Frederick Henry Ayres was a name at first well known for board games and high-quality sporting goods such as billiards, croquet and tennis, but then the London firm of FH Ayres became famous for rocking horses.
The company supplied them to major department stores in the capital such as Selfridges, Harrods and Army and Navy Stores.
On November 23-24, Gloucestershire saleroom Chorley’s (22.5/15/12.5/10% buyer’s premium) offered a private collection of rocking horses. This included an early 20th century example by FH Ayres which featured in the book A Kiss of Rocking Horses by David Kiss (and had been restored by him).
Guided at £700-900, the 3ft 11in high x 4ft 6in long (1.2 x 1.36m) long horse galloped off to £6500 hammer price.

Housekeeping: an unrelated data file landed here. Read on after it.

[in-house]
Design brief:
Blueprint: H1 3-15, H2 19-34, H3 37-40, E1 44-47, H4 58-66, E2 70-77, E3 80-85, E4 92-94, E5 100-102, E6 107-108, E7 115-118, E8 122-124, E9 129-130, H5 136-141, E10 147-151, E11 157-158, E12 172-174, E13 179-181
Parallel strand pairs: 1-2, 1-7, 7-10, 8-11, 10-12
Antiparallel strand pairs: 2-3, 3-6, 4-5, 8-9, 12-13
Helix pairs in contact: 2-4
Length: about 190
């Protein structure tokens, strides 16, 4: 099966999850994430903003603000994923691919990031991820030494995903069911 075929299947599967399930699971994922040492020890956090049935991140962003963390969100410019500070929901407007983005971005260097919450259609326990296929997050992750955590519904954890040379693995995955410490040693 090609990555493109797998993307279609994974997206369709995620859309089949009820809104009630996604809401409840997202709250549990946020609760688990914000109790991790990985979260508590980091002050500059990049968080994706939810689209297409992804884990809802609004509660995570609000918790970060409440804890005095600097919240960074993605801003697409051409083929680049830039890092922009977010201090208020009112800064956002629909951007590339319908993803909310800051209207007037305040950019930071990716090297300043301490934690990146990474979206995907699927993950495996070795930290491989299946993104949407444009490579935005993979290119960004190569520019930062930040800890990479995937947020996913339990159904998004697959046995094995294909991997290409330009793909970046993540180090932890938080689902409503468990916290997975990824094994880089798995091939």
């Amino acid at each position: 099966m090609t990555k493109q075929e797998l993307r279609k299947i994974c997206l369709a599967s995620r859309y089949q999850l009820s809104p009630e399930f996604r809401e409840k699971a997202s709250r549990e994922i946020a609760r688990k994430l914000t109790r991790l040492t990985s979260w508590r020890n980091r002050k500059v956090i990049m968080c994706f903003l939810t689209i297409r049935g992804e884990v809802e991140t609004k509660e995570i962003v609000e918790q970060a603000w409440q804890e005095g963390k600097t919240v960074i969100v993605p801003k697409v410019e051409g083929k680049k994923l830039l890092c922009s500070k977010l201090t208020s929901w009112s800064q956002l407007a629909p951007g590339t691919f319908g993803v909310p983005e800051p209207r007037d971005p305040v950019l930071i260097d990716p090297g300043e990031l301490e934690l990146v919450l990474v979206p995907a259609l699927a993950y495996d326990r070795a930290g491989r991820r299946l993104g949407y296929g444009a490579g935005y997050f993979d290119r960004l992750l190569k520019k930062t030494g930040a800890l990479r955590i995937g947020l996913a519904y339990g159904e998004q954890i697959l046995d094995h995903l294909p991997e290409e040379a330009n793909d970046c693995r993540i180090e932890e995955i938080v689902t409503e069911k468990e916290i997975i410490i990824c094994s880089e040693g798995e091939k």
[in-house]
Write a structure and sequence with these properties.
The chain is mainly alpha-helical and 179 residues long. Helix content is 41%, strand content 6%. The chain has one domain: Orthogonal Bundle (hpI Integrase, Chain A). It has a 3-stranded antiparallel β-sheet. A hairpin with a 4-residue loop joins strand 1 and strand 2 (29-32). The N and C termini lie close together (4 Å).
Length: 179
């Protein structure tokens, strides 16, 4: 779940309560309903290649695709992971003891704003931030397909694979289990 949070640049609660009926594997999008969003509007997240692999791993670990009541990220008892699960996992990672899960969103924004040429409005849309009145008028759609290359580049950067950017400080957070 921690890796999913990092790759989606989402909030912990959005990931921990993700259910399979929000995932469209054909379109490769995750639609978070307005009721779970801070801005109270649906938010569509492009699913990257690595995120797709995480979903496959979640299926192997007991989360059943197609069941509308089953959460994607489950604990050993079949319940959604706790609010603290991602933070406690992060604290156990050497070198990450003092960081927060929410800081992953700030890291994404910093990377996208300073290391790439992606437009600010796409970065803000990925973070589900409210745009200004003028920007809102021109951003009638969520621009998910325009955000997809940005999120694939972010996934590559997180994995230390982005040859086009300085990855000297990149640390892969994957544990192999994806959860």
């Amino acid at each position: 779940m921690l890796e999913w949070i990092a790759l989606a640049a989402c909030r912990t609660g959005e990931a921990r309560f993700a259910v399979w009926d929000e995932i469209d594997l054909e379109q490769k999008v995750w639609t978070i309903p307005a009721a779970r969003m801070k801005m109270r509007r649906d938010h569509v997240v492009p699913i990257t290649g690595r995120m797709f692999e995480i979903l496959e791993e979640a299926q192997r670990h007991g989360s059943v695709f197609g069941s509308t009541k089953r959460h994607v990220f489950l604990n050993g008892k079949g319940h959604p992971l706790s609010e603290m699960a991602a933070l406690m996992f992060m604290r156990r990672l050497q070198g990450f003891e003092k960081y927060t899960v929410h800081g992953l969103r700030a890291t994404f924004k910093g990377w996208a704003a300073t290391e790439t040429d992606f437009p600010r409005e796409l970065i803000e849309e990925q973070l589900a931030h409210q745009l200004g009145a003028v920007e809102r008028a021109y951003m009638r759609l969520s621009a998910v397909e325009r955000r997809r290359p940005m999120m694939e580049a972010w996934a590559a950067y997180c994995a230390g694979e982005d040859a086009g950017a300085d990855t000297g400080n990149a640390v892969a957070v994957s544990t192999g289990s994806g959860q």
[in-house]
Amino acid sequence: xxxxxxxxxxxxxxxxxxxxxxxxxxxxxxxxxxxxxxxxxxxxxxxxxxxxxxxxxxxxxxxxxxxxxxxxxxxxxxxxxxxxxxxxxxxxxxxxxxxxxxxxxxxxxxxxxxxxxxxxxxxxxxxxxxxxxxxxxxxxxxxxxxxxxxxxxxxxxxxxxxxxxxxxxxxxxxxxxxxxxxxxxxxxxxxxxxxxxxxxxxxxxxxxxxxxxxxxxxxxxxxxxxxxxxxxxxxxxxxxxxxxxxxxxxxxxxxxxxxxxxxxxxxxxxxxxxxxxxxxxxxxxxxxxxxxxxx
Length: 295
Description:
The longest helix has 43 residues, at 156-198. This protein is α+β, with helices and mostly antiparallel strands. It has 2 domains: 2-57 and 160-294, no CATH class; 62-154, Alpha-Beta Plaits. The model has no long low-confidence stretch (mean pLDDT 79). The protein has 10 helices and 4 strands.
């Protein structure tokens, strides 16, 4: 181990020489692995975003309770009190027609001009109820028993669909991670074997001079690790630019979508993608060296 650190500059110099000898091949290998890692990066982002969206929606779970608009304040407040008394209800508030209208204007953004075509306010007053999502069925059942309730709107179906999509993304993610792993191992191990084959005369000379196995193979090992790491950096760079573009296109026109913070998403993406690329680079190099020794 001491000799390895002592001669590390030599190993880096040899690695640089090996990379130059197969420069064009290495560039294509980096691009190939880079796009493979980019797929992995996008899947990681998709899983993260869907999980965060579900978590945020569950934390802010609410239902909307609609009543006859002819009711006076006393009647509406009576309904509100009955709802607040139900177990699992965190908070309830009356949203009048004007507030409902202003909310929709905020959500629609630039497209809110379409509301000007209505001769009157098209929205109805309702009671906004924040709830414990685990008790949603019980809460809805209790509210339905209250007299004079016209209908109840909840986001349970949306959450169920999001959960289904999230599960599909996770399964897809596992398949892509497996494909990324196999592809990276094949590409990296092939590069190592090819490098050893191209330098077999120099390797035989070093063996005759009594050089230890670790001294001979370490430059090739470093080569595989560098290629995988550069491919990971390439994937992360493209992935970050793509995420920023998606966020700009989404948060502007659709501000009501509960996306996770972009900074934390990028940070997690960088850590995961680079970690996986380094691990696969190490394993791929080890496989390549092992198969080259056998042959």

G&J Lines produced rocking horses at around the same time as Ayres. The family business was run by George and Joseph Lines who worked together from around 1876 to make wooden toys.
In 1919 the company morphed into Lines Bros (run by three of Joseph’s sons: William Joseph Lines, Walter Lines and Arthur Edwin Lines). They came up with the brand name Tri-ang – as in three lines making a triangle.
At Rogers Jones (20% buyer’s premium) of Cardiff on December 7, a dapple grey example by G&J Lines, patented January 29, 1880, believed to be the ‘Sporty Boy’ model, had been reportedly owned by four generations of the same family since 1900.
Catalogued as having “restoration receipt c.1990 by The Rocking Horse Workshop, Shropshire, now requiring further restoration”, the 3ft 9in high x 4ft long (1.1 x 1.23m) horse sold for a within-estimate £1300 to an online bidder.